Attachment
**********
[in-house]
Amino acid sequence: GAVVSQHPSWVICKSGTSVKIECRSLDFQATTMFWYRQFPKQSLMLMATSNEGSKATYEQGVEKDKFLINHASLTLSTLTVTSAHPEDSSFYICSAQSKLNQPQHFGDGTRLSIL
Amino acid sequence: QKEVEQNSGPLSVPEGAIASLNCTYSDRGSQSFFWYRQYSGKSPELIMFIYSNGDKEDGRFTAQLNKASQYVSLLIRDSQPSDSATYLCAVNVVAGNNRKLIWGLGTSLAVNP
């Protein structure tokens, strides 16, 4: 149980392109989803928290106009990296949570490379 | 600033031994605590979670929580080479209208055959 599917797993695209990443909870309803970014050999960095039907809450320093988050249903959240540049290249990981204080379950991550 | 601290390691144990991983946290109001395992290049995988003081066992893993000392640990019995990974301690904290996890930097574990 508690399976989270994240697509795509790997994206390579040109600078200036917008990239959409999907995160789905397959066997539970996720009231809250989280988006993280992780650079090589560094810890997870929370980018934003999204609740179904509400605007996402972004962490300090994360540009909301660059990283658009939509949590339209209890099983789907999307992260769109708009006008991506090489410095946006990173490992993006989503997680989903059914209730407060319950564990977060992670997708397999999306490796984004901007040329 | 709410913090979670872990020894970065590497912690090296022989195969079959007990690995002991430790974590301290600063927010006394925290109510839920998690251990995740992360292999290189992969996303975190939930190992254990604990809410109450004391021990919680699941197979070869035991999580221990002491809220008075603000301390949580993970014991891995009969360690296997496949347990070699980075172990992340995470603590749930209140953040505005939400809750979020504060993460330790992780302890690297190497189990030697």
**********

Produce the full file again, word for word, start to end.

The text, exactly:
[in-house]
Amino acid sequence: GAVVSQHPSWVICKSGTSVKIECRSLDFQATTMFWYRQFPKQSLMLMATSNEGSKATYEQGVEKDKFLINHASLTLSTLTVTSAHPEDSSFYICSAQSKLNQPQHFGDGTRLSIL
Amino acid sequence: QKEVEQNSGPLSVPEGAIASLNCTYSDRGSQSFFWYRQYSGKSPELIMFIYSNGDKEDGRFTAQLNKASQYVSLLIRDSQPSDSATYLCAVNVVAGNNRKLIWGLGTSLAVNP
């Protein structure tokens, strides 16, 4: 149980392109989803928290106009990296949570490379 | 600033031994605590979670929580080479209208055959 599917797993695209990443909870309803970014050999960095039907809450320093988050249903959240540049290249990981204080379950991550 | 601290390691144990991983946290109001395992290049995988003081066992893993000392640990019995990974301690904290996890930097574990 508690399976989270994240697509795509790997994206390579040109600078200036917008990239959409999907995160789905397959066997539970996720009231809250989280988006993280992780650079090589560094810890997870929370980018934003999204609740179904509400605007996402972004962490300090994360540009909301660059990283658009939509949590339209209890099983789907999307992260769109708009006008991506090489410095946006990173490992993006989503997680989903059914209730407060319950564990977060992670997708397999999306490796984004901007040329 | 709410913090979670872990020894970065590497912690090296022989195969079959007990690995002991430790974590301290600063927010006394925290109510839920998690251990995740992360292999290189992969996303975190939930190992254990604990809410109450004391021990919680699941197979070869035991999580221990002491809220008075603000301390949580993970014991891995009969360690296997496949347990070699980075172990992340995470603590749930209140953040505005939400809750979020504060993460330790992780302890690297190497189990030697």